To change the length of a tween span, you drag the beginning or the end of the span. When you mouse over the end of the tween span, a double-headed arrow appears (see Figure 25), which you can drag to the left or right.
If you drag the end of a tween span to the right, and there are existing static or tween spans where you drag, the frames you drag over are overwritten.
Other ways to adjust the span's length include:
There are more ways to adjust the length of a tween span. If you want to make the span longer, without stretching the animation, you can do one of the following:
Tip: You cannot drag the end of multiple tween spans at the same time. If you want to extend the length of all tween spans at the same time, find the frame where you want them to end, click and drag across all layers at that frame, and press F5. If all of your tween spans are on adjoining layers, and you have keyframes you need to move at that time, you can Control/Command-select them across multiple layers and then drag them to the new location. For more information on dragging keyframes, see "Moving tween spans, keyframes, and frames."
In several of the previous sections, you may have noticed references to key modifiers, such as Shift-click, for certain functionality. The following list contains the key modifiers that you can use with tween spans.
The Motion Editor also has a bunch of key modifiers you can use to perform special functionality. Find a list of those modifiers in Additional motion editor control using key modifiers.
If you need to duplicate or move frames around timelines in your FLA file, copy and paste is sometimes the best way of doing so. You can copy and paste parts of your file in different ways; for instance, you might want to copy and paste just the tweened instance but not the frames, or you might want to copy and paste both the tween frames and their target in a new location. You can also copy and paste the properties from a frame of your tween and paste them on another frame.
To copy and paste or duplicate frames to a new location:
To copy and paste a tweened instance to a new location without copying the motion:
Note: Selecting a frame or tween span causes the target to be selected on the Stage.
The instance pastes on the same layer as the tween span, and you can even place the instance in exactly the same location if you use the Paste in Place command. You can then opt to tween this instance. Also, the alpha or color effects applied to the instance are retained so it will have the same appearance and tweenable properties as the instance you copied. This is useful for copying and pasting properties from a tween, or joining motion, when the instance properties need to match.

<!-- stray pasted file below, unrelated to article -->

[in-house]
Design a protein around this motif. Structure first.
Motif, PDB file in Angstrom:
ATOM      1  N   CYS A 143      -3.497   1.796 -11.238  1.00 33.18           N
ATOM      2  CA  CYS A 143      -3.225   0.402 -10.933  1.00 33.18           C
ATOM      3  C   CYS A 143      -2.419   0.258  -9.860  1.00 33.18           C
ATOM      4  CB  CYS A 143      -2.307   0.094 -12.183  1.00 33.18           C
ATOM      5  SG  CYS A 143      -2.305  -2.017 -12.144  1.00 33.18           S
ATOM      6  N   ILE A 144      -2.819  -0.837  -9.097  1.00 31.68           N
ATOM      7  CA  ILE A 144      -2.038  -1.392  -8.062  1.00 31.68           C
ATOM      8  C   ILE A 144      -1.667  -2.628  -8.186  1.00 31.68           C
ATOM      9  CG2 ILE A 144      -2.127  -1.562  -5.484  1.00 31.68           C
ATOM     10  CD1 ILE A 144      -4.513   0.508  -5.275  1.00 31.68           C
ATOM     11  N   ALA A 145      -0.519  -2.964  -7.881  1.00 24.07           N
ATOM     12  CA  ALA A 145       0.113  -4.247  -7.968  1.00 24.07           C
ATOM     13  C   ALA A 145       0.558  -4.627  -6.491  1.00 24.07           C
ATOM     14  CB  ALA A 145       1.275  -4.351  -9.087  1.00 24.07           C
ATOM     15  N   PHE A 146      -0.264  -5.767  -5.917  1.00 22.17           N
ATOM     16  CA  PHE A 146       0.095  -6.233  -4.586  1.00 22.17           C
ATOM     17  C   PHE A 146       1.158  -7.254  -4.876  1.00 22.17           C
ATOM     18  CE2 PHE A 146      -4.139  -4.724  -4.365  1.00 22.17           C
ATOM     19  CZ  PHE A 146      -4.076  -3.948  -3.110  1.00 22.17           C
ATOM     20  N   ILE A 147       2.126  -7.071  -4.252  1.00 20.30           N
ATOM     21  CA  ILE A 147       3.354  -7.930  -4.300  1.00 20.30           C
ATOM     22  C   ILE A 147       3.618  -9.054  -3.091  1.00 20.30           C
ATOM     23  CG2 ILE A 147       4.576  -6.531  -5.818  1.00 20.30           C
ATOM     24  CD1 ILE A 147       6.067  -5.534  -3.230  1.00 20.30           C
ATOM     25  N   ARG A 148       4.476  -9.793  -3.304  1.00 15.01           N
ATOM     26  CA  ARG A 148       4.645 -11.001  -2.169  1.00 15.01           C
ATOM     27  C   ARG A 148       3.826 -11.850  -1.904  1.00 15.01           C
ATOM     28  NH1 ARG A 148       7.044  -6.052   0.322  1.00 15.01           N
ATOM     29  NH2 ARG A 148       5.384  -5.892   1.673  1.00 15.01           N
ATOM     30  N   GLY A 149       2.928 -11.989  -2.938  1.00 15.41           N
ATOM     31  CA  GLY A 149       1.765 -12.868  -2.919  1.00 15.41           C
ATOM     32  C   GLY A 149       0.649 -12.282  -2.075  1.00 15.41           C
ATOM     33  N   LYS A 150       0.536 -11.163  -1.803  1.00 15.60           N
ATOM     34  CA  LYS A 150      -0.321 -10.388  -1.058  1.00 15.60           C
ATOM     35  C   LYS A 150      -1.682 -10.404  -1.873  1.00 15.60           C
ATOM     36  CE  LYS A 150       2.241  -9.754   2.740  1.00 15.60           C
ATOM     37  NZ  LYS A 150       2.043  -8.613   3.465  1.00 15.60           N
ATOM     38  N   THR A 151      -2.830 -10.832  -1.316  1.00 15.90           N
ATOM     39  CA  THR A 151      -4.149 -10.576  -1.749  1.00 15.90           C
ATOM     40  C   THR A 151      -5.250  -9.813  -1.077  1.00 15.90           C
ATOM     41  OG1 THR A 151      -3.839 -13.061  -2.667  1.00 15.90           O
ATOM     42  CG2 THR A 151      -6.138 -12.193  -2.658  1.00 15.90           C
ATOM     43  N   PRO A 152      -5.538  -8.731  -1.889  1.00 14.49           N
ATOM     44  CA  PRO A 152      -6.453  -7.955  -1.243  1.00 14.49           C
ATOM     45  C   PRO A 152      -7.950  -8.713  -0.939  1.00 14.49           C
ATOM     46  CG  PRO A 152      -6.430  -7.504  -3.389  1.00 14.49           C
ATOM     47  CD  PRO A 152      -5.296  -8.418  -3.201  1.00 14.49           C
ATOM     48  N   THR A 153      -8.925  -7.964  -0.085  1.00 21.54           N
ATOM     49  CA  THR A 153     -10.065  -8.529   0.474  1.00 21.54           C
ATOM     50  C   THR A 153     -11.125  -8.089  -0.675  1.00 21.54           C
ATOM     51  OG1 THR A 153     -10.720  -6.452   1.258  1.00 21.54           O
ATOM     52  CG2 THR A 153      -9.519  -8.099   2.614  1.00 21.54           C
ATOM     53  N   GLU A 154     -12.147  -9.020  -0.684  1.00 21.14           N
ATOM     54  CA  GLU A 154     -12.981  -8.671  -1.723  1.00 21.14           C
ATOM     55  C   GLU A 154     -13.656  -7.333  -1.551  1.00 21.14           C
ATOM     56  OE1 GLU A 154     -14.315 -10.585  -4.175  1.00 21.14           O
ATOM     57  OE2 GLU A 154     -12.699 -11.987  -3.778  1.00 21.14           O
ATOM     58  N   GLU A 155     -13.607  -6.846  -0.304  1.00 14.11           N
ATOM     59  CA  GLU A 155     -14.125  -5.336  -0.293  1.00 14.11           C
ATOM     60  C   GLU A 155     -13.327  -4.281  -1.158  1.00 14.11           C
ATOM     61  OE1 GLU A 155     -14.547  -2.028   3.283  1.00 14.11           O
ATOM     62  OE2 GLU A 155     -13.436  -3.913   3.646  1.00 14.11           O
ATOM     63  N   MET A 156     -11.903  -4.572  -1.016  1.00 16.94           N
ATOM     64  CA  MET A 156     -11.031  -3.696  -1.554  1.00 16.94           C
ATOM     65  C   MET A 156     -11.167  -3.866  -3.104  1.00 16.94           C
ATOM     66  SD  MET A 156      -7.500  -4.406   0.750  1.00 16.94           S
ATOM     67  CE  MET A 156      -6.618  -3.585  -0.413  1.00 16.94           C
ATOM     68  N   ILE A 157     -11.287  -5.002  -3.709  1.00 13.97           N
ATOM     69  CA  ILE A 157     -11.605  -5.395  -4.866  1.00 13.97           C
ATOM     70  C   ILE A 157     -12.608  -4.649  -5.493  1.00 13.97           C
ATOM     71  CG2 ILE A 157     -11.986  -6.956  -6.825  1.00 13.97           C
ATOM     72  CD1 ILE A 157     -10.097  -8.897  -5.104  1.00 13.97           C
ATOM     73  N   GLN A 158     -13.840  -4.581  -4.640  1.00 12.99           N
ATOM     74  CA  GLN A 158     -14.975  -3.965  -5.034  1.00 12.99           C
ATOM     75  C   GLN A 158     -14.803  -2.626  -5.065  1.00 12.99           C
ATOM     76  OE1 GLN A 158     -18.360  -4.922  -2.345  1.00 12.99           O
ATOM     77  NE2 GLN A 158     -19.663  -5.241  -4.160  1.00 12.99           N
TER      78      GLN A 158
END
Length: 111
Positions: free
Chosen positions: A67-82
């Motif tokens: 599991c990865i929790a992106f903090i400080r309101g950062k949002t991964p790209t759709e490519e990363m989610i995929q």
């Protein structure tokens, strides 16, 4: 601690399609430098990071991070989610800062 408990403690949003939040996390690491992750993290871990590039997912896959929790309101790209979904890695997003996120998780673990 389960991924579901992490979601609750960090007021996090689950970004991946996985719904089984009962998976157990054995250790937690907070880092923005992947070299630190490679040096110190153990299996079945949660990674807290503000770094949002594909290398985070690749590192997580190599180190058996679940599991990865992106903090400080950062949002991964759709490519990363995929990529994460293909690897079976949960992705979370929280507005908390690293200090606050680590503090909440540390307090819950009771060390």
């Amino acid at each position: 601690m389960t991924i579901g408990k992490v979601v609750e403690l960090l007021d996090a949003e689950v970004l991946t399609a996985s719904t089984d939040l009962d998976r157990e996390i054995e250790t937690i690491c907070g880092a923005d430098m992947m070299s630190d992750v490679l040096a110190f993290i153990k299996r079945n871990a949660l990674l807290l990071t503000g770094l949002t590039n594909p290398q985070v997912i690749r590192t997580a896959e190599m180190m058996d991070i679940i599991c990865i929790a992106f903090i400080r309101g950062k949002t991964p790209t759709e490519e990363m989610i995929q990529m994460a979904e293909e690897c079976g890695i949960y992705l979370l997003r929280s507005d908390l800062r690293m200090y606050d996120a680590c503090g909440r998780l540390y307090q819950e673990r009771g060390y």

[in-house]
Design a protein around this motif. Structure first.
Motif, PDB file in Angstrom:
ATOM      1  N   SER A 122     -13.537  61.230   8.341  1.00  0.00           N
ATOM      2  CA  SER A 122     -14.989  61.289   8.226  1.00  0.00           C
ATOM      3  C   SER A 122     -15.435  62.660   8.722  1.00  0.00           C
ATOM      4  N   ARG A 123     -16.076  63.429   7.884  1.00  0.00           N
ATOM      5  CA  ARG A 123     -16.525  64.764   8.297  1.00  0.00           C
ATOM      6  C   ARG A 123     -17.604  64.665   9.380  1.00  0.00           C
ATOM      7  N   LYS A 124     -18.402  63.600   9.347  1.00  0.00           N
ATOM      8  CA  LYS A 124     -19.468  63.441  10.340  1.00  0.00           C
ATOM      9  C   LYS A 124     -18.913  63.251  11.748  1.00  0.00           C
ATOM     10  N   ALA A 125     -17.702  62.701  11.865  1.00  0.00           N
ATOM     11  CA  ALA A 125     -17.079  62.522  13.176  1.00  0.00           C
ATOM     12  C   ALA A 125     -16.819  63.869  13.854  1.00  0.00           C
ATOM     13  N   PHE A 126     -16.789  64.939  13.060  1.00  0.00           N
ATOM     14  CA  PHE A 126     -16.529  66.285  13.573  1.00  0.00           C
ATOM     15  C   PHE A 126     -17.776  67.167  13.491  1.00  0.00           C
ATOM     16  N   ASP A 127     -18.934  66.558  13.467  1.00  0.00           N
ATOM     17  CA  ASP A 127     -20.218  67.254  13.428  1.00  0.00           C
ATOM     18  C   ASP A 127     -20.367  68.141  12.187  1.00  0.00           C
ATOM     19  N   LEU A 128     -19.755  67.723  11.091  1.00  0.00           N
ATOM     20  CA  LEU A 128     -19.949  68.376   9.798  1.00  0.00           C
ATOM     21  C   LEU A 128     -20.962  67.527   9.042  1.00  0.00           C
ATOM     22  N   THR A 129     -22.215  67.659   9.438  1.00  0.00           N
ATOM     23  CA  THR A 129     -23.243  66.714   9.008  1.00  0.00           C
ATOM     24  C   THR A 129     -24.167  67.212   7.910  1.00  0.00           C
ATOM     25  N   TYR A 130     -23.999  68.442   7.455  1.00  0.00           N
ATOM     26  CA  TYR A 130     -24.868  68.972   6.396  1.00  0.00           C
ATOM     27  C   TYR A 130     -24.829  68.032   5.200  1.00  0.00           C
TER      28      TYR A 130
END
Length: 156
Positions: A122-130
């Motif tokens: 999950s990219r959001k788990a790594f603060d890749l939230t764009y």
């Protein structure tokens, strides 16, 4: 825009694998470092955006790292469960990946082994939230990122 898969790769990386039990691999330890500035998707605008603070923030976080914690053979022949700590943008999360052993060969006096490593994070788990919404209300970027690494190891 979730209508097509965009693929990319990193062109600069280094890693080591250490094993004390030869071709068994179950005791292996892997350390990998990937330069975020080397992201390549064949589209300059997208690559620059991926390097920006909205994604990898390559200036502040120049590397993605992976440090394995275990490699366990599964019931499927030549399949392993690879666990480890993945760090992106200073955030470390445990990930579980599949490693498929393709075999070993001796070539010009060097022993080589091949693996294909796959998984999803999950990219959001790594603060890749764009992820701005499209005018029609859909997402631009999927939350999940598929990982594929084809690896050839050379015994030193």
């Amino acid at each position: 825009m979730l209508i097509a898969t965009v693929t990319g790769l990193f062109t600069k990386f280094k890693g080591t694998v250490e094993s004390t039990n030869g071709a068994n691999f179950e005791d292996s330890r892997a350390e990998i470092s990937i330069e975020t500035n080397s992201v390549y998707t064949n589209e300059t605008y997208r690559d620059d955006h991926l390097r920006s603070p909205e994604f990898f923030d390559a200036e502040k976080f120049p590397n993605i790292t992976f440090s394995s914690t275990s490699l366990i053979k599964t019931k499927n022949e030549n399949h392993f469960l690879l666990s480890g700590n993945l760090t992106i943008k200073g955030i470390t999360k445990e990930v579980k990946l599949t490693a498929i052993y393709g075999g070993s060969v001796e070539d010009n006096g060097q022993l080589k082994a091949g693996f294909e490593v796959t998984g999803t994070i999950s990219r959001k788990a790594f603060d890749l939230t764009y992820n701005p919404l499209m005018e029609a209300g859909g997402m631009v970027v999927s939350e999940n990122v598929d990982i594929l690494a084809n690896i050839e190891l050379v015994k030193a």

To copy and paste motion to a selected instance:
The motion is now applied to both instances in your document.
You can also copy a property keyframe and paste it to a new location on a tween span. The property keyframes that you select must be on the same span; however, you can paste those properties to a different tween span.
You can also save all of the properties of a tween as a Motion Preset. To learn how, read Animation Learning Guide for Flash: Motion presets. You might want to copy a tween span as ActionScript 3 code, and you can learn about that in "Copy ActionScript 3 from timeline animation."
You can select a tween span and split it into multiple spans, or select spans and join them into a single tween. You may want to split a span for a couple different reasons. Eases are applied across an entire span, so if your last keyframe is before the end of a tween, or you need to ease between a specific section of the animation, you may want to split your spans instead of creating a custom ease (for information on easing, read "Adding preset and custom eases to motion tweens").
You may have an animation where you need to swap a symbol within what looks like a single tween. In this case, you might animate the symbol how you want it to tween, and then split the tween span where you want to swap the symbol out.
Note: Splitting a tween span does not split eases applied to the properties of that tween span. The eases in the span are then applied to the properties of each split tween span. In order to "split" and ease, you would need to create each portion of the original ease manually using custom eases.
The following example shows you how to split and join tween spans:
The two tween spans then combine into a single span.
Note: The tween spans must have the same filters and color effects, if applicable. After being joined, the target object of the first tween span is used for the new tween span.
Because a tween span acts like an object, you can no longer break tweens by moving keyframes around, deleting them, and so on. Imagine you're using classic tweens or Flash CS3, and it's around 2 AM because you're trying to meet a deadline. You're moving keyframes around the timeline and maybe removing ones unintentionally with bleary monitor-ravaged eyes. It's pretty easy to ruin your tweens with the old way of motion tweening in Flash.
You've already discovered how easy it is to move animation around the timeline, but in this section you will see how you can delete a tweened instance and keep the tween span intact. You also learn how to swap the target object of a tween.
To understand what a tween's target object is, see "Working with the target object of a tween."
To change a tween's target object:
You can use commands in the tween span context menu to reverse the motion path, or reverse the keyframes of your animation. Changing the order of the property keyframes of a tween means that the instance will animate differently, either on the motion path or what it looks like (or both). When you reverse an animation, the keyframes are flipped so the keyframe at the end of the frame is then at the first frame of the span and so on.
Note: The following examples show how graphs in the Motion Editor update. The Motion Editor is covered in exhaustive detail starting with the section Animation Learning Guide for Flash: Motion Editor.
To reverse all keyframes of a tween span:
To reverse the motion path:
The instance is tweened from the opposite end of the motion path after you reverse it. If you want to actually flip the path itself, you can transform the actual motion path however you like. Select the path on the Stage, and then choose Modify > Transform > Flip Horizontal. Also, remember that you can use the Free Transform Tool to change the path using skew, scale, or rotate. To learn about motion paths, read "Editing motion paths".